In 2008, hot money also went out resulting in crash of Stock Exchange .However, the exact figure is unavailable regarding it. The most serious crisis the country faced that time was on the trade. GDP dropped by a massive 4 percent, industrial production dropped by around 50 percent (Origin of the crisis, 2009), and many products witnessed the negative growth in the year. Export market collapsed and steel industry faced the brunt.

In brief, fall in exports was among the major causes of slowdown in the country. The other factor was decline real estate investments. Third factor that contributed to this abyss was ‘inventory management’. The hoarding done by the enterprises in anticipation of rising prices boomeranged making the situation worse.

As the discussion is going on, India and China faced major setback in terms of slowdown in growth. To counter those negative effects, several policy measures were adopted by both countries. Let’s have a brief overlook at some of the measures.

To counter the financial risk, the RBI came forward to maintain sufficient liquidity in forex and domestic currency. Monetary policy was eased to increase liquidity. Taking cue from it, banks in India reduced their lending rates and deposits.

On the Government side, 3 fiscal stimulus packages were launched between December 2008 and January 2009.  Also, it came up with many programs for poor people, waived loans, and increased payouts following 6th pay commission (Katju, 2009).

Assignment Writing Tutor AustraliaChina also applied similar approaches to overcome the crisis. The Government announced a major stimulus package in November 2008. In addition, an expansionary monetary policy was followed.  A massive stimulus package of 4 trillion Yuan was announced for 2009 and 2010. Provincial governments also came up with stimulus packages of around 18 trillion Yuan in total. Infrastructure investment was the main component of this huge package.

Investment in fixed assets was the main driver of the economy since many years and played a dual role: demand creation in short run and supply creation in long run. This was a judicious move as overcapacity was the major problem that time and investment in infrastructure was intended to increase manufacturing capacity in the country.

However, there were some shortcomings with the approach.  This big push in infrastructure and hasty implementation wasted resources. Secondly, lack of support from local governments was a major constraint. Despite loopholes, both countries witnessed some positive vibes because of these fiscal and monetary policies.

The fiscal measures adopted in India were about 3 percent of GDP. The measures initiated during 2008-09 stabilized the economy to an extent. Real GDP growth was projected to be around 6 percent. The economy remained resilient with well working financial institutions.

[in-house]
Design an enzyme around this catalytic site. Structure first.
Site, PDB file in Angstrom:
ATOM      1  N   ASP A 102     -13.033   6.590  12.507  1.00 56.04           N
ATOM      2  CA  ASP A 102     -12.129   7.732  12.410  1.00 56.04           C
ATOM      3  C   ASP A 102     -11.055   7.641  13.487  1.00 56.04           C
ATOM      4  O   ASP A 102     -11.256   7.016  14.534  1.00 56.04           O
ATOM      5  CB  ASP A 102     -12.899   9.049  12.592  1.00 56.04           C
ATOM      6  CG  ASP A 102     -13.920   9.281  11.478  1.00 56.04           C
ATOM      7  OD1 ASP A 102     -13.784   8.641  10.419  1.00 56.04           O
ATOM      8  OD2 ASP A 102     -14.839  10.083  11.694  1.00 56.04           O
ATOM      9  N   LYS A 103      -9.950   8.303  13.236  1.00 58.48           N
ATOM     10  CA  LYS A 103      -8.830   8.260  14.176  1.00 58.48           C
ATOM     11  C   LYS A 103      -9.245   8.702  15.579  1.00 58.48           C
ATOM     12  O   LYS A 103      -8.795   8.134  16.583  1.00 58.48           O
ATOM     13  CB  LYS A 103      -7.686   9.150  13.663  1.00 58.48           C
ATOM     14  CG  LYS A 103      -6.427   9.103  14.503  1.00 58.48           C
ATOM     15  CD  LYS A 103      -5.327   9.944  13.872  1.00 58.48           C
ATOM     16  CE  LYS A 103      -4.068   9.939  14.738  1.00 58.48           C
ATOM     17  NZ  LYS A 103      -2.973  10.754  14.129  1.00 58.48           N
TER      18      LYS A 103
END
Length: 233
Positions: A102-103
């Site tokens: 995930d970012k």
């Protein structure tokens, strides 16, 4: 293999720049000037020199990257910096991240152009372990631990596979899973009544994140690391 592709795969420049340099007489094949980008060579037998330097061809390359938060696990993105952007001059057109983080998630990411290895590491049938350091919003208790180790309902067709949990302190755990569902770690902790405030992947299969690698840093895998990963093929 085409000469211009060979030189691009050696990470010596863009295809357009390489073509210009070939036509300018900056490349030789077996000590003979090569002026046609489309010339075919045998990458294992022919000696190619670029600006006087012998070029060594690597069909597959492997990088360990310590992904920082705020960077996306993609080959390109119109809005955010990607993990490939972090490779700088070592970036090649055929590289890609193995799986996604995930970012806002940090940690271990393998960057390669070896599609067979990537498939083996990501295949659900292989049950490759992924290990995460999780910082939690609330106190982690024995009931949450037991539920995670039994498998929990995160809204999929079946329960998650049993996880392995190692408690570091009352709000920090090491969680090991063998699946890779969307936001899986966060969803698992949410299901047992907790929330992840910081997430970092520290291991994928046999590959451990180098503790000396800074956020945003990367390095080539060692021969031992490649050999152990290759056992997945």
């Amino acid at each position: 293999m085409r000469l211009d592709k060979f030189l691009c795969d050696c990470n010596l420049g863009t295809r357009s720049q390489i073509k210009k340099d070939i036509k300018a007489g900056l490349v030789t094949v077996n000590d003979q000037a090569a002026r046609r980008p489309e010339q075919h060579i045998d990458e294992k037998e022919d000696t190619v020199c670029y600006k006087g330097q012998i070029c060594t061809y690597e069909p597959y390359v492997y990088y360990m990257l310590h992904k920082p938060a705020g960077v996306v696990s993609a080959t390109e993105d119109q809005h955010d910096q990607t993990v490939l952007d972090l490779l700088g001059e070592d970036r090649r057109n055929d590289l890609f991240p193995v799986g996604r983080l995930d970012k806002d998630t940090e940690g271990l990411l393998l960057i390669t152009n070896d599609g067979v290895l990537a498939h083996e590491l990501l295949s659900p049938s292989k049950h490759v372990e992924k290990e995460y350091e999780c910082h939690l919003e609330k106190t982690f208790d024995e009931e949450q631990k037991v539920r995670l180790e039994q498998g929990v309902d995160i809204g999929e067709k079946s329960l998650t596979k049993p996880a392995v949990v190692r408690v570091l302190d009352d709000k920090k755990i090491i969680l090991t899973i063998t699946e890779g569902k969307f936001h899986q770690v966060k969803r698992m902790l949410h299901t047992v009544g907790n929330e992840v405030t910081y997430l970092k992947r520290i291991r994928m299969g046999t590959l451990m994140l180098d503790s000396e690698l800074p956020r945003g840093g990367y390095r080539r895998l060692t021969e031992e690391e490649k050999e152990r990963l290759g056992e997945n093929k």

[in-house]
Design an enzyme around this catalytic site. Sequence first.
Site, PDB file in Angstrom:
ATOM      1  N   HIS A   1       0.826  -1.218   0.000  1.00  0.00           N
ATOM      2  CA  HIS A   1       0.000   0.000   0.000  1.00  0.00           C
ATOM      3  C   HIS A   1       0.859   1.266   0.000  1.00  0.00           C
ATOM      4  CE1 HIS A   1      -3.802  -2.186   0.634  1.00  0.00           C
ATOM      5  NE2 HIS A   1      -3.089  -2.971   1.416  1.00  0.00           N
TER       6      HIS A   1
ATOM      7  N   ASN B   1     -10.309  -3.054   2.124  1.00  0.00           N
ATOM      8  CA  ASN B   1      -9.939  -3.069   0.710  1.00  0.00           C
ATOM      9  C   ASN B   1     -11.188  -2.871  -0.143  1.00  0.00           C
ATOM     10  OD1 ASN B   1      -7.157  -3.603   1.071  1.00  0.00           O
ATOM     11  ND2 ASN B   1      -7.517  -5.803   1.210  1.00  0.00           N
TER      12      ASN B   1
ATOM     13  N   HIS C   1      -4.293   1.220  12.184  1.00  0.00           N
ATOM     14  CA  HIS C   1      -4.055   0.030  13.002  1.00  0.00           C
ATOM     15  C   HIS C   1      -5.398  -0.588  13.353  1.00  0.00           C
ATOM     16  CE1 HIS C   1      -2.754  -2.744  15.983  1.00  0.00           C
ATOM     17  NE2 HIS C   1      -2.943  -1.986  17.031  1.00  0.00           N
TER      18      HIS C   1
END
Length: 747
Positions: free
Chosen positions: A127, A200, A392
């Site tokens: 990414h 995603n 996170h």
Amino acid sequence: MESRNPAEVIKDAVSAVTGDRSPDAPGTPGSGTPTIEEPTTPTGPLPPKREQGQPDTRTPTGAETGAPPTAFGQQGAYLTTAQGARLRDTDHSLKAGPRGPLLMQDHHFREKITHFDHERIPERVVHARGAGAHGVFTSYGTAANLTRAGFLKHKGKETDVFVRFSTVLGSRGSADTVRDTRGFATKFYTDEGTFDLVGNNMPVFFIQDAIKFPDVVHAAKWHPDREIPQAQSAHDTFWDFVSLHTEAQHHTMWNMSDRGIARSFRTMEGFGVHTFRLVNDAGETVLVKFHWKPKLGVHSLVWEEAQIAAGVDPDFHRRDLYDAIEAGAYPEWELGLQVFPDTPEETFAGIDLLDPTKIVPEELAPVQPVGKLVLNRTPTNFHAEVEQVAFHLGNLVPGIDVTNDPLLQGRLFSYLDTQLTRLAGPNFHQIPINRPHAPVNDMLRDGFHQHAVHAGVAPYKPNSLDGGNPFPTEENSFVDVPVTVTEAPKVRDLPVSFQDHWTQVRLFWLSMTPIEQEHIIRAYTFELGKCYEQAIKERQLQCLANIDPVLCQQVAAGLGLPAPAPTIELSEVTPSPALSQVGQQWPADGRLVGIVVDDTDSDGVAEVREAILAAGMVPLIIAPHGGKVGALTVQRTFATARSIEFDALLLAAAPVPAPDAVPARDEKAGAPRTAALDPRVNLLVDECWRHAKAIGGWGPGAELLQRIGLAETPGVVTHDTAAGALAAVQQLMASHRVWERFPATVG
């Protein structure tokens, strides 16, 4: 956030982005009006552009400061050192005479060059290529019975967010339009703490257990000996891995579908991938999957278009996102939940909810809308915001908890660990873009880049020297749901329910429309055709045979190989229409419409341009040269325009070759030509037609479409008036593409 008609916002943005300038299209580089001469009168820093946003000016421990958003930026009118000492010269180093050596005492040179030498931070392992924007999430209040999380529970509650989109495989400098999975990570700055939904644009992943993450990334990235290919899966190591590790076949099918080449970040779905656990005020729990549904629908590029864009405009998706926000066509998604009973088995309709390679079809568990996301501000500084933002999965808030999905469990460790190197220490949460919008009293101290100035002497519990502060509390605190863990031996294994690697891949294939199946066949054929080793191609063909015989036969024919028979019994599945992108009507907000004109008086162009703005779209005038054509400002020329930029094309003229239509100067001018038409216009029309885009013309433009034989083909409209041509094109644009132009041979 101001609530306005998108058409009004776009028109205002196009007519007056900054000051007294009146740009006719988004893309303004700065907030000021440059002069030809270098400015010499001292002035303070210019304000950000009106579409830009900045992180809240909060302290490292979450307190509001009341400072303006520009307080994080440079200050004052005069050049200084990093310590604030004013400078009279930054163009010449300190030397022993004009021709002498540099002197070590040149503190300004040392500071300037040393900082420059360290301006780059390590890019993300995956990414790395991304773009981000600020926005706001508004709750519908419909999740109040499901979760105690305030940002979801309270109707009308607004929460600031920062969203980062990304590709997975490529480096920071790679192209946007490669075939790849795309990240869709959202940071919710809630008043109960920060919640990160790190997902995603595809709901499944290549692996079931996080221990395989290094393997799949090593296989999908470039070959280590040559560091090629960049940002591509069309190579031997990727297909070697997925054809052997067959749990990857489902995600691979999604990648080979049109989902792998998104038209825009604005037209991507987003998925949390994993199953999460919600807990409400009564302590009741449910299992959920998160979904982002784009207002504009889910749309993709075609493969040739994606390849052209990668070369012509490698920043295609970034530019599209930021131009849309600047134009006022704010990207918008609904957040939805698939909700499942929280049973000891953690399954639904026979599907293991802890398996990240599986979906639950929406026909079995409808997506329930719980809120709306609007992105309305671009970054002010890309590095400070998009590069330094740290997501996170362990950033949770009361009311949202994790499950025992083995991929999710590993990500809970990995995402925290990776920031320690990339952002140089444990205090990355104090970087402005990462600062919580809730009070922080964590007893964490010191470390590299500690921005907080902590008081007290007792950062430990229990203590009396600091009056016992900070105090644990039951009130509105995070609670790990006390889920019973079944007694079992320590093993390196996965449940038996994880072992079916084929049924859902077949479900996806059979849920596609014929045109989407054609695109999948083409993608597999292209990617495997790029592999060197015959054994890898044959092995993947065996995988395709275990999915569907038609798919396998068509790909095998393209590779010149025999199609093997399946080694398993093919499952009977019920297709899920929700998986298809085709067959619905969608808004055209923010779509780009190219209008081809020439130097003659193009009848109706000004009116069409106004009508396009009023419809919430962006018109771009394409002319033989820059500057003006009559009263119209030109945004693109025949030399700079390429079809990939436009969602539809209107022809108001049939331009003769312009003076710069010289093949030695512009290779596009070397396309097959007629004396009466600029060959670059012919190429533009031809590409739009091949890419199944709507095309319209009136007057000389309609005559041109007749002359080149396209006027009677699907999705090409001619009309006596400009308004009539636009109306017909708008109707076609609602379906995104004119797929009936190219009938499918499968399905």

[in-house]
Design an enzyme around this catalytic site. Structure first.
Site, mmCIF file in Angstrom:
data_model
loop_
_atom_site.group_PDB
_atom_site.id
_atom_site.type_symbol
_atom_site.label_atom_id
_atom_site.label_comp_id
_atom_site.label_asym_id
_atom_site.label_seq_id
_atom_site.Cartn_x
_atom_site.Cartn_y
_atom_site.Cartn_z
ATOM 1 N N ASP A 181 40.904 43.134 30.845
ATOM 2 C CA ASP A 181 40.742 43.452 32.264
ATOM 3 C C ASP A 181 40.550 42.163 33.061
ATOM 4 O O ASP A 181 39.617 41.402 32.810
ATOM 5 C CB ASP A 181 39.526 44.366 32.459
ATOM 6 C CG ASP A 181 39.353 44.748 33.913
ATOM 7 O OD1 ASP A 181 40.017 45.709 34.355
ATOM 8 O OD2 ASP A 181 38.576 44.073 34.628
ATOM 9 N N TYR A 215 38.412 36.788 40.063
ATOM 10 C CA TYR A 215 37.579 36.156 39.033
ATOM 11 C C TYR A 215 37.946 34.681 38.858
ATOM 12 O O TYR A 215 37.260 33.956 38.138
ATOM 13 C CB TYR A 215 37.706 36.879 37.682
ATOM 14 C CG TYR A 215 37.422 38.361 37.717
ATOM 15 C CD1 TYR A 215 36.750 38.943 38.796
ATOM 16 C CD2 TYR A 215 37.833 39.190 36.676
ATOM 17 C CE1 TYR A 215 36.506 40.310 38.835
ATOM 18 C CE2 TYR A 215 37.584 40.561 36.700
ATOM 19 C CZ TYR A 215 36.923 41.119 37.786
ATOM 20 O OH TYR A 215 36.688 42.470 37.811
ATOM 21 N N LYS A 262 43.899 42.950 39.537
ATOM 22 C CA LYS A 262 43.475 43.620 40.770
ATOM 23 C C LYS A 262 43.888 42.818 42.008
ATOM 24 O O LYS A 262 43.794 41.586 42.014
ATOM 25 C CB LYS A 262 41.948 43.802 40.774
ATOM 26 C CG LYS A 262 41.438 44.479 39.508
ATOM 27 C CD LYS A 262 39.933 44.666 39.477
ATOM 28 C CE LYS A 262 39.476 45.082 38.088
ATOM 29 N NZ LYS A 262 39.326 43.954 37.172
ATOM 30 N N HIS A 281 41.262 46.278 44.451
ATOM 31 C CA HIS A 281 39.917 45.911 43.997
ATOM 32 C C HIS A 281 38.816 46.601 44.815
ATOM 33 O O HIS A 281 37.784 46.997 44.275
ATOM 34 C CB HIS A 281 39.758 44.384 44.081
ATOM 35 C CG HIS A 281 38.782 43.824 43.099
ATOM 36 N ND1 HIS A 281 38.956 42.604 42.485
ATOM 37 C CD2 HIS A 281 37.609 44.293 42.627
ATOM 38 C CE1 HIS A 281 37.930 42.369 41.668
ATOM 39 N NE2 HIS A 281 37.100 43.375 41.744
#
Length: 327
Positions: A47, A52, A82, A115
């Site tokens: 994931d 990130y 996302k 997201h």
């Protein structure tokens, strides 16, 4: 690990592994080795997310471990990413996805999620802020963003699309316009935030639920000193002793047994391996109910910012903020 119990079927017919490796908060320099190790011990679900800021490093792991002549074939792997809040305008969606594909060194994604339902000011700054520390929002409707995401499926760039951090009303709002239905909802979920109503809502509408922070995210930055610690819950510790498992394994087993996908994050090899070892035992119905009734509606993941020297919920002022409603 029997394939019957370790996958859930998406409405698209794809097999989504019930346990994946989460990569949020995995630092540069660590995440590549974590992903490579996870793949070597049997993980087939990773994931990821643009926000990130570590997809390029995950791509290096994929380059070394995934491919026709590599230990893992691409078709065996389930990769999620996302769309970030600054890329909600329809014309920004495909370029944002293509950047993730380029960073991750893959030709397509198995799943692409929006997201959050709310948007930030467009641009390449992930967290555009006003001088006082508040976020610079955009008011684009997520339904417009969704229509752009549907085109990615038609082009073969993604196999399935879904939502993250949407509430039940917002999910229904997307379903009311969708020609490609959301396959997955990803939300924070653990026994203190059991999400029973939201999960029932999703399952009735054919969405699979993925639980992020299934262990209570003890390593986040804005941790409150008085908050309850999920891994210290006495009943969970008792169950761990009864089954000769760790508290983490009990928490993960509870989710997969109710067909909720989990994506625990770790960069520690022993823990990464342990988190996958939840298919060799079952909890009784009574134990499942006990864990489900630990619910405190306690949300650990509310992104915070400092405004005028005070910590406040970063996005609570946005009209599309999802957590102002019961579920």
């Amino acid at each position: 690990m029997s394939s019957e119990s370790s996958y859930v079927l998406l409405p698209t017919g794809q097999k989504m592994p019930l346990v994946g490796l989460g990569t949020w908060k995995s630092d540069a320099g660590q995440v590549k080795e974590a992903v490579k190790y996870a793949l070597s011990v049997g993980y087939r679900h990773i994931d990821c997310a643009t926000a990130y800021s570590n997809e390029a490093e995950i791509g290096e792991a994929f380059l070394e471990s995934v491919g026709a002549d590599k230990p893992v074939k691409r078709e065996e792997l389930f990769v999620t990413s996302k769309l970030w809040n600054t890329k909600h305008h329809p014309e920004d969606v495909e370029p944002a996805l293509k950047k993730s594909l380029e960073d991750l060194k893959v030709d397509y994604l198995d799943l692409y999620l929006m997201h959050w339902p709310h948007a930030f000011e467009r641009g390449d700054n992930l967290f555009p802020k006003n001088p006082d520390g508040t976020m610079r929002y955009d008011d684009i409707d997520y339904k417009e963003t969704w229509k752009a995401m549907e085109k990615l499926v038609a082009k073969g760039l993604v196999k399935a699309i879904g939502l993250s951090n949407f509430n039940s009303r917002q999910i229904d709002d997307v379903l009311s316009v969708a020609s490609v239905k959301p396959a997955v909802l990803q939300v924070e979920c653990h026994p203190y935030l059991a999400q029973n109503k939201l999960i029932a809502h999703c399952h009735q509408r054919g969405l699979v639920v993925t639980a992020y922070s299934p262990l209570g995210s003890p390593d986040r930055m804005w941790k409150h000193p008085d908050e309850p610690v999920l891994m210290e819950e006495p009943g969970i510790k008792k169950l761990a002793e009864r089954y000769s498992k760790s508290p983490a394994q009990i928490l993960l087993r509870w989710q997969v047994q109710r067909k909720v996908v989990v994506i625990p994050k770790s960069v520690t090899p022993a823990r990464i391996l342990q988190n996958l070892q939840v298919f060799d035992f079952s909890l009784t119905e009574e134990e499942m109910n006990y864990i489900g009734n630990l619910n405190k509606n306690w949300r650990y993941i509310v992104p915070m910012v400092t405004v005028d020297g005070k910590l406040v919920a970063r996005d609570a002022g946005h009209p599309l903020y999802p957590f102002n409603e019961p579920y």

On the negative side, the measures posed risks and challenges also. The option of increasing liquidity the RBI resorted to that time can create risk if the liquidity is not absorbed in an orderly and constructive manner. If not, it can create inflationary pressures on the economy. But it was a judicious move as it instilled confidence among banks regarding the availability of funds.

The stimulus packages announced by the government led to increase in revenue and maintained economic activity in the country. Though it was a short term measure, it proved effective in generating demand.

Essay Writing Tutor SydneyTo mitigate the effects fully, some more measures are required. Let’s have a look.

Countries should explore new destinations for exports. Dependence on a specific region or country may curtail the demand in case of any problem in that part of the globe. So, planners should think imaginatively that what more products and services they can sell and what new markets they can reach to.

Experts say that unless there is enough demand at home, it’s difficult to overcome the loss of external demand. But this view is not exactly up to the mark. There is sea-difference between the domestic demand and products and services meant for exports. Still, domestic consumption should be sufficient enough to maintain the pace of the economy.

It’s the key to mitigate effects of external shocks. During the financial crisis, many people were laid off. So, government should try hard for employment generation in different sectors that were hit more. No doubt the efforts have been made, gap is still there. The need is to lessen the gap thorough employment generation.

Structural problems are there with both India and China. For instance, India needs agrarian reforms and more research in environment-friendly projects. China needs to work on pollution, energy efficiency, providing social goods, countering gap between rural and urban areas.